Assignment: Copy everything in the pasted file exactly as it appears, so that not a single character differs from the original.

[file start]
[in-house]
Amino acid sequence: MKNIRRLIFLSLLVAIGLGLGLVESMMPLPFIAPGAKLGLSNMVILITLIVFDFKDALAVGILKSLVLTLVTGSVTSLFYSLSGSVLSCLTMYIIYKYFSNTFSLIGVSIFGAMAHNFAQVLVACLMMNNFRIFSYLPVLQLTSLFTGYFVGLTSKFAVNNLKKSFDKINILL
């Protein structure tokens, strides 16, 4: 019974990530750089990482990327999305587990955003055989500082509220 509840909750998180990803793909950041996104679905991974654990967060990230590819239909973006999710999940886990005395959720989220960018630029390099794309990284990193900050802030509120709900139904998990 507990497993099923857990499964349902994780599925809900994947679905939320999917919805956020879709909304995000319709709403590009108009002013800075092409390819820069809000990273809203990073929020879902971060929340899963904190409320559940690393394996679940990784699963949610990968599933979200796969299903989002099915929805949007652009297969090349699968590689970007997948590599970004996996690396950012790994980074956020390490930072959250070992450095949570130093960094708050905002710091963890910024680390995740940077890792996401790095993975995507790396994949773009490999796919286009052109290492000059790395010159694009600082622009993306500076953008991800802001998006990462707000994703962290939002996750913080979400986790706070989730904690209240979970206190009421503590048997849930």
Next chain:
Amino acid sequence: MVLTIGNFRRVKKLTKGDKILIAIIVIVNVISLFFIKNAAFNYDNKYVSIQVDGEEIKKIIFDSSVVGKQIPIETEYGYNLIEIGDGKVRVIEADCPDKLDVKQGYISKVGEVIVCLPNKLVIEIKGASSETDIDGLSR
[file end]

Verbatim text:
[in-house]
Amino acid sequence: MKNIRRLIFLSLLVAIGLGLGLVESMMPLPFIAPGAKLGLSNMVILITLIVFDFKDALAVGILKSLVLTLVTGSVTSLFYSLSGSVLSCLTMYIIYKYFSNTFSLIGVSIFGAMAHNFAQVLVACLMMNNFRIFSYLPVLQLTSLFTGYFVGLTSKFAVNNLKKSFDKINILL
């Protein structure tokens, strides 16, 4: 019974990530750089990482990327999305587990955003055989500082509220 509840909750998180990803793909950041996104679905991974654990967060990230590819239909973006999710999940886990005395959720989220960018630029390099794309990284990193900050802030509120709900139904998990 507990497993099923857990499964349902994780599925809900994947679905939320999917919805956020879709909304995000319709709403590009108009002013800075092409390819820069809000990273809203990073929020879902971060929340899963904190409320559940690393394996679940990784699963949610990968599933979200796969299903989002099915929805949007652009297969090349699968590689970007997948590599970004996996690396950012790994980074956020390490930072959250070992450095949570130093960094708050905002710091963890910024680390995740940077890792996401790095993975995507790396994949773009490999796919286009052109290492000059790395010159694009600082622009993306500076953008991800802001998006990462707000994703962290939002996750913080979400986790706070989730904690209240979970206190009421503590048997849930």
Next chain:
Amino acid sequence: MVLTIGNFRRVKKLTKGDKILIAIIVIVNVISLFFIKNAAFNYDNKYVSIQVDGEEIKKIIFDSSVVGKQIPIETEYGYNLIEIGDGKVRVIEADCPDKLDVKQGYISKVGEVIVCLPNKLVIEIKGASSETDIDGLSR